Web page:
Some of Lynch's rantings seem cribbed from videotapes made by the Columbine killers before their rampage: "I have no remorse for anything I've done to any of the 35 innocents!" he writes. "Fuck them, fuck you, fuck the world! The only people I care about is Adolf Hitler and myself! Heil the fuhrer! Hitler is God!"
But in the last paragraph of the letter, Lynch sounds less like a monster than a kid who is deeply concerned with how he is perceived: "The only thing I ask of you is that you send me a copy of the story, I really look forward to seeing it! I hope I didn't disappoint you in anyway [sic] about the GTA III angle. Sorry!"
Lynch reportedly cried at some of his court appearances, but in a second letter to Scene, Lynch tried to sound macho. "Tell me what hearings I cried at, because I don't remember," he writes. "Everything that's happened was very [much] what I exspected [sic] and there is no reason to cry!"
He also admits that the journal he kept was his way of seeking assistance before he acted on his violent fantasies.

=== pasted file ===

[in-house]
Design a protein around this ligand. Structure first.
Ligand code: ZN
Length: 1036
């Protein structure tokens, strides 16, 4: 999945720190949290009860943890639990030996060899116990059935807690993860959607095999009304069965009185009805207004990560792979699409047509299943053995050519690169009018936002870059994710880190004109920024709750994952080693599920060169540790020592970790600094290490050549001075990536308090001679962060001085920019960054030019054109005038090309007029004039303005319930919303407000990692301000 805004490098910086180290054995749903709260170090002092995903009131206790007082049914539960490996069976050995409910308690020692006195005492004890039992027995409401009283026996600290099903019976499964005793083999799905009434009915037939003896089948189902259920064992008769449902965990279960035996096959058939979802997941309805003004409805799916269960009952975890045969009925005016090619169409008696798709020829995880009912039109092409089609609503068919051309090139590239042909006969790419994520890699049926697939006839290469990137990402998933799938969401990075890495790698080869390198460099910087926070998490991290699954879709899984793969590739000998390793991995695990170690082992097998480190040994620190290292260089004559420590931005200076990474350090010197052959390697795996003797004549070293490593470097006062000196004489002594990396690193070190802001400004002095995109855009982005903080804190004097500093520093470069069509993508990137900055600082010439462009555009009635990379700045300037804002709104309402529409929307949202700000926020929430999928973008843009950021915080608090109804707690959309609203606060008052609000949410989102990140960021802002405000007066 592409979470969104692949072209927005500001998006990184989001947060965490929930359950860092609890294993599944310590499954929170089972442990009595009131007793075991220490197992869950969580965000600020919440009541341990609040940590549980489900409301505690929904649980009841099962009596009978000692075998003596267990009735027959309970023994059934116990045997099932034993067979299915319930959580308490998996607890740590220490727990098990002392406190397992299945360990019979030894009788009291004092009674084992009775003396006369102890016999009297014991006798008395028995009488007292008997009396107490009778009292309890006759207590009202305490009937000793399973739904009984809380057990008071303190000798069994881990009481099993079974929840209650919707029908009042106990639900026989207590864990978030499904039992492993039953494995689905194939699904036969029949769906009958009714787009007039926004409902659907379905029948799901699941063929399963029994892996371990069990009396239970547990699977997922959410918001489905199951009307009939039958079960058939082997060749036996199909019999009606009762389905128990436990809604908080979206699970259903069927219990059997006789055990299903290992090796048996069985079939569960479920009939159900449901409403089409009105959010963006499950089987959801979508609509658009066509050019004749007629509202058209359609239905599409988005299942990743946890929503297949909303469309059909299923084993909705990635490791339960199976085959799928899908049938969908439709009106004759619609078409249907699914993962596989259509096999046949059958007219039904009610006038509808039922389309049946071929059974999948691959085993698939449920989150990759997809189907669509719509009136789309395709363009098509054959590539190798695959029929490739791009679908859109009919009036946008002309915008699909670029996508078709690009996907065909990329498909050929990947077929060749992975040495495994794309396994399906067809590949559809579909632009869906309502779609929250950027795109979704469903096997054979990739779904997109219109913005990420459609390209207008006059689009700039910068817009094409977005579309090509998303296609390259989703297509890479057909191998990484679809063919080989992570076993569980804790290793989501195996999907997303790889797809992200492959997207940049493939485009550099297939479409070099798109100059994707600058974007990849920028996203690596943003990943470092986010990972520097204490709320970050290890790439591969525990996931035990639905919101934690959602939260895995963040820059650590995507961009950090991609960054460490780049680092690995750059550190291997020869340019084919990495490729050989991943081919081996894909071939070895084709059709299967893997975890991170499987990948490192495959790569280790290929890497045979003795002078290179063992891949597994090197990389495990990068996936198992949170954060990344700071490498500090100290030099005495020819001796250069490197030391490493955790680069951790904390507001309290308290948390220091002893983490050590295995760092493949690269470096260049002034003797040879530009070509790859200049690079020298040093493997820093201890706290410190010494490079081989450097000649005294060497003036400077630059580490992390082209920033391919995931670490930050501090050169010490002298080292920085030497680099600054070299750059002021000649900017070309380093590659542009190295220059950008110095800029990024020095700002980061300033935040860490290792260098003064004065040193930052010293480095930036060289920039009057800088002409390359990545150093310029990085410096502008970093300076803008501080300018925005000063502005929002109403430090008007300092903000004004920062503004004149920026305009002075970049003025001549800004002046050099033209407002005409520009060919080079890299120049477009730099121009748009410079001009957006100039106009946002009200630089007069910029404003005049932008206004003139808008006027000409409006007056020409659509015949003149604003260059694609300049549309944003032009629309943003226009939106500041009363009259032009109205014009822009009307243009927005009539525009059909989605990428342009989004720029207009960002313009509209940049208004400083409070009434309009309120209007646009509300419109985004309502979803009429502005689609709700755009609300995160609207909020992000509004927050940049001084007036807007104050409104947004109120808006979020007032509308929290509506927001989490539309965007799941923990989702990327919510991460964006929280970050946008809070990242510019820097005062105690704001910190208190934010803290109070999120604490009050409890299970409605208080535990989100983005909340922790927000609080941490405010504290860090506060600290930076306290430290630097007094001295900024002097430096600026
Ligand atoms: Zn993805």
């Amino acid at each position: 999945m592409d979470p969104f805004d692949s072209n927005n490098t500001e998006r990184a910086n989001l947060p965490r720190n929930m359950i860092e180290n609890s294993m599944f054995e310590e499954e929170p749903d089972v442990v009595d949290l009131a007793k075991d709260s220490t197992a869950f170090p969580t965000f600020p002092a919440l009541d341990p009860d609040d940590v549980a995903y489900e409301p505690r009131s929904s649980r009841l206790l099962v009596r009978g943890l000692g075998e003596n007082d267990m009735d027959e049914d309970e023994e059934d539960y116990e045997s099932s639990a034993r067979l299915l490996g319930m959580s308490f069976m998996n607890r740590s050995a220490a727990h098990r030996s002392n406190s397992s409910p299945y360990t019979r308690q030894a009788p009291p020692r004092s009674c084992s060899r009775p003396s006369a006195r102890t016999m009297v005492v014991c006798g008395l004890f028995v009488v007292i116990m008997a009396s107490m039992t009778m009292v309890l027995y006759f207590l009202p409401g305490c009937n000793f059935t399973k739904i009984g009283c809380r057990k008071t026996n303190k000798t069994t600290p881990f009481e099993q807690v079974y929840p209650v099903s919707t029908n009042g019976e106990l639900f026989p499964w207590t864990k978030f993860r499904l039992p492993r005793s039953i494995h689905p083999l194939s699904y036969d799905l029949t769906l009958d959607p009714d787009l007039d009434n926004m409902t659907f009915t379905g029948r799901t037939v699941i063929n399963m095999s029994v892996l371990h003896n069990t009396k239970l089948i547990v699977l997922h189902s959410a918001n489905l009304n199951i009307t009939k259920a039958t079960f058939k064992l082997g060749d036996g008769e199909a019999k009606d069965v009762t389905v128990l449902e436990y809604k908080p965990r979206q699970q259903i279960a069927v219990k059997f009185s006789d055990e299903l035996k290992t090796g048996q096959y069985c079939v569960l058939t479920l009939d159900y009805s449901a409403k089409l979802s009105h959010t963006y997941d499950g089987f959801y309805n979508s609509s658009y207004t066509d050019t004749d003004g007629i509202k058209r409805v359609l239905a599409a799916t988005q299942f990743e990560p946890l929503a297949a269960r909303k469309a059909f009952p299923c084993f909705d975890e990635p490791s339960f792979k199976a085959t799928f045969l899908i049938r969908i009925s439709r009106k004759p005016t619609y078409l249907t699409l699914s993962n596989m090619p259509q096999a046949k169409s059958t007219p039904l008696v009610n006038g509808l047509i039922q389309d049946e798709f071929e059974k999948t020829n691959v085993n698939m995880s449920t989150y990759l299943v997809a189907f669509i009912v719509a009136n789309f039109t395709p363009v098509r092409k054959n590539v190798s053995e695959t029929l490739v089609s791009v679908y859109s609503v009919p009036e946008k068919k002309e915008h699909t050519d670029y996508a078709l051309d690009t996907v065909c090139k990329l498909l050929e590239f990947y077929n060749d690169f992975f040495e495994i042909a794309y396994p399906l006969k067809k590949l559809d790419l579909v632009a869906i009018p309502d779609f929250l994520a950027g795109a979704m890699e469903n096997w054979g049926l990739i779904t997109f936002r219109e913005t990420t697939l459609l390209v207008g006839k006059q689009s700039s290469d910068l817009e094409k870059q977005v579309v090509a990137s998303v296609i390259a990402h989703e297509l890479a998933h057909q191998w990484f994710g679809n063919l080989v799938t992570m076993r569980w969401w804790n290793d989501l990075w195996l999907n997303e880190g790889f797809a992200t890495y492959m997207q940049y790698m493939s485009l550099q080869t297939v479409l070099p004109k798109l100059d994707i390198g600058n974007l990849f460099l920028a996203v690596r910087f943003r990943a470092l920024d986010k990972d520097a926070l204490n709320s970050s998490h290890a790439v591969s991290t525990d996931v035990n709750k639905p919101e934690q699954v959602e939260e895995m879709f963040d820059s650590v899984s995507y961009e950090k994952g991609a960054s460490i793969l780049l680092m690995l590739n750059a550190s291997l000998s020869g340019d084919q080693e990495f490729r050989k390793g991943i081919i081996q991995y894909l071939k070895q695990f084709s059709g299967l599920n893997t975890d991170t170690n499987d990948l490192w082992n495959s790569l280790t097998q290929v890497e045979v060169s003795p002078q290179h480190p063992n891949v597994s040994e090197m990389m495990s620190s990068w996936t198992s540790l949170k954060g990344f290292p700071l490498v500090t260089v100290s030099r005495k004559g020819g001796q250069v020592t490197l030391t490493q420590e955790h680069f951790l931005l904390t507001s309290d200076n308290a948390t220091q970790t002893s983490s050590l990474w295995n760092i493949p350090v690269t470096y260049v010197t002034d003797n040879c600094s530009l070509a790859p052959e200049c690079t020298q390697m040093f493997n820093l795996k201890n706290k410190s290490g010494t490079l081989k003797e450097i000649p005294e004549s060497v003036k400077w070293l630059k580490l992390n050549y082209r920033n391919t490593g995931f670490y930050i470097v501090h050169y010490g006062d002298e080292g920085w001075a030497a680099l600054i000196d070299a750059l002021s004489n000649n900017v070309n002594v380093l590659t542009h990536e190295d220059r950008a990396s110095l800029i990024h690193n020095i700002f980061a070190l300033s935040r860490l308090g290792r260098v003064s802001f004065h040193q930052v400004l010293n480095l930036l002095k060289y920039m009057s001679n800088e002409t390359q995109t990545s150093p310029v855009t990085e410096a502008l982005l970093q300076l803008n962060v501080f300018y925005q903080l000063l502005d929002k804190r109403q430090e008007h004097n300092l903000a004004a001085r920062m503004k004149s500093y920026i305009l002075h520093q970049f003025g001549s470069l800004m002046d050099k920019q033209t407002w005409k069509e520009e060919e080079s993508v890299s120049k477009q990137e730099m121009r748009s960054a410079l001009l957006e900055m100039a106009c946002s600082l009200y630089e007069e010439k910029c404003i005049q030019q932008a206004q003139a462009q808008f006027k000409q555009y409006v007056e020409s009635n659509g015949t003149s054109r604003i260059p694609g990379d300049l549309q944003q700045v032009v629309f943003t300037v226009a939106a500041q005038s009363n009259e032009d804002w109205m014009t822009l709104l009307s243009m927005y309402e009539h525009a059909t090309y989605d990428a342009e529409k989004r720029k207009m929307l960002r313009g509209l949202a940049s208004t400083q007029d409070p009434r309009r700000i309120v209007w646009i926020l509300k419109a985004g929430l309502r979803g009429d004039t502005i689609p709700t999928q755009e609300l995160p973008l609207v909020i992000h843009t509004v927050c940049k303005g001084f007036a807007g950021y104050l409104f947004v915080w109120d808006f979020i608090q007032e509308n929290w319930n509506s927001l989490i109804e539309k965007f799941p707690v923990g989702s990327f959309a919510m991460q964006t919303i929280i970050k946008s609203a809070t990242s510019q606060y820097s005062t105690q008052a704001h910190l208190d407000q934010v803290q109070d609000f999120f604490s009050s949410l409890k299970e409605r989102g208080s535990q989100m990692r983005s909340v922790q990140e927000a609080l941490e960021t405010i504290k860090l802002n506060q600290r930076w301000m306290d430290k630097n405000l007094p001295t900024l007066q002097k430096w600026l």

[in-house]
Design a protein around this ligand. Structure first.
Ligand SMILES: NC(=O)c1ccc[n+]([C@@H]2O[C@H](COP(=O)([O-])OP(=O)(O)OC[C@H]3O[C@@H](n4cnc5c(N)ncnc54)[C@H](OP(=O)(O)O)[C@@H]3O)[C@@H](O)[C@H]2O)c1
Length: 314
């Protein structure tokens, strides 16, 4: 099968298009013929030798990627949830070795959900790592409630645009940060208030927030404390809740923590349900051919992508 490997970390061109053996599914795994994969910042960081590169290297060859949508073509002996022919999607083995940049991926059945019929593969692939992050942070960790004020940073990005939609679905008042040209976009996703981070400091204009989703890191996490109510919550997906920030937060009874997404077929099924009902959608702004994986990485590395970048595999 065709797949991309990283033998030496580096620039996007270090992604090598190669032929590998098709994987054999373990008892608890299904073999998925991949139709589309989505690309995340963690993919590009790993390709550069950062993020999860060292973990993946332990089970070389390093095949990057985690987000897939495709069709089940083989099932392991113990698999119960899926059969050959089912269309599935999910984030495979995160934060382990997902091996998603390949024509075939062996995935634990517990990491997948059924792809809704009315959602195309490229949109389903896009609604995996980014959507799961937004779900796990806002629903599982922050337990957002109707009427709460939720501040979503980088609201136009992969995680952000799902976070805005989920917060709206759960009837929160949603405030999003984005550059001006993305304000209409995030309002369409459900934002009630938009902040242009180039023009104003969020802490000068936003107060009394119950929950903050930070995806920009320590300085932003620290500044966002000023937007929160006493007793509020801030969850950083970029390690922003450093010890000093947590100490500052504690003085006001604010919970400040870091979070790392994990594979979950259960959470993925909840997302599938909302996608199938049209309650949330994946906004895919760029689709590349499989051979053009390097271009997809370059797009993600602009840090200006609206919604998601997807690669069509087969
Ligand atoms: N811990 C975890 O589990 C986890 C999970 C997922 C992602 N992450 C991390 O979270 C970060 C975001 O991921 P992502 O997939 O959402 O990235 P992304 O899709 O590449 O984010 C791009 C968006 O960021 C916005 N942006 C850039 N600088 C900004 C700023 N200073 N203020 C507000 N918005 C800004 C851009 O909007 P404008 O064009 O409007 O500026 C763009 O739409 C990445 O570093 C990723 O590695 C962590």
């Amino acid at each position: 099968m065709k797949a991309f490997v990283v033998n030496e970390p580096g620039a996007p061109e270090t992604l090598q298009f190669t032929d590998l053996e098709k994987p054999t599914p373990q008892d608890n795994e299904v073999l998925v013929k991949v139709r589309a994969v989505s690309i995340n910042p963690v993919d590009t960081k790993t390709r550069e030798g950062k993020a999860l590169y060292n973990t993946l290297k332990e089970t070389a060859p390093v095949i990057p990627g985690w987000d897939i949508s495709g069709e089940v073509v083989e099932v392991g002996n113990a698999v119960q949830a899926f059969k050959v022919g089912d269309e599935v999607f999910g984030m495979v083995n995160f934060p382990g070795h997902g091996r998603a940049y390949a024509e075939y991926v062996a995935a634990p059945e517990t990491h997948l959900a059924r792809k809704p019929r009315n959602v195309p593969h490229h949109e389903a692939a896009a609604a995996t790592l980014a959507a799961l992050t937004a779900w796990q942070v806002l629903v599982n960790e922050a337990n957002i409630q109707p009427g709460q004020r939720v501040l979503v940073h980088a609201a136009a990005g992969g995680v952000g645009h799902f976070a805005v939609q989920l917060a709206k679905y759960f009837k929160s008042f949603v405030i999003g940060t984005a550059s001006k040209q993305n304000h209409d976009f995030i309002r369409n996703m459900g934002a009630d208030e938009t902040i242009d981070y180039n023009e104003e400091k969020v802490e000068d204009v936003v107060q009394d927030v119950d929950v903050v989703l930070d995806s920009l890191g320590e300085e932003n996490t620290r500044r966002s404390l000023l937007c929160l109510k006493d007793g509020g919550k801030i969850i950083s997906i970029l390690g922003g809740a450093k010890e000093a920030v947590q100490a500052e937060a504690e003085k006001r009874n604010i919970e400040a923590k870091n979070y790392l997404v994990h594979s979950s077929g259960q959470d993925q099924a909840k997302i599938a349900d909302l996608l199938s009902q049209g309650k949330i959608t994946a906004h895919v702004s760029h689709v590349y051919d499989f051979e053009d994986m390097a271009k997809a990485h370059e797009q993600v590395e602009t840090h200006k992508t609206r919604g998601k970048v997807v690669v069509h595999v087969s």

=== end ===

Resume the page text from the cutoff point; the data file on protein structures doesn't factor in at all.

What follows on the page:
"Yes, that was a cry for help," he writes. "I purposedly gave it to the teacher . . . because I knew he'd turn it over to the magistrate and then I would be forced not to kill those specific people because I'd get caught."
As for his future, Lynch says he wants to get a high school diploma and write a book. He says he has no fear of going to prison.
"I might be small but I know how to handle my business," he writes. "I'm a 'Lynch,' it runs through [our] blood. Just like jail!"
Mickey received a similar letter from Lynch, but the father still believes Grand Theft Auto III inspired his daughter's killing.
"There's a status among prisoners," Mickey says. "And a little, bespectacled shrimp who killed because he was influenced by a video game is nobody. But a cruel, pathological killer who killed for pleasure is somebody."
But video games weren't the only outlet for Lynch's violent fantasies. He was also a fan of James Patterson's "Alex Cross" novels, which include Along Came a Spider, Kiss the Girls, and Jack and Jill, and he freely admits to looking to the books for inspiration. "Yes I do think those books gave me some influence in other murders but not JoLynns [sic]," Lynch writes. "They gave me some extra ideas."
Why would Lynch deny that video games were an influence, but admit that books were? Perhaps because Lynch wasn't inspired by GTA III and committed murder for reasons all his own.
This much is obvious to Kisilewicz, whose statements to Thompson about Lynch's obsession with using a baseball bat in GTA III would be the crux of a civil suit against the game's makers.
"This is one seriously demented individual," Kisilewicz says of Lynch. "There's really no getting around it."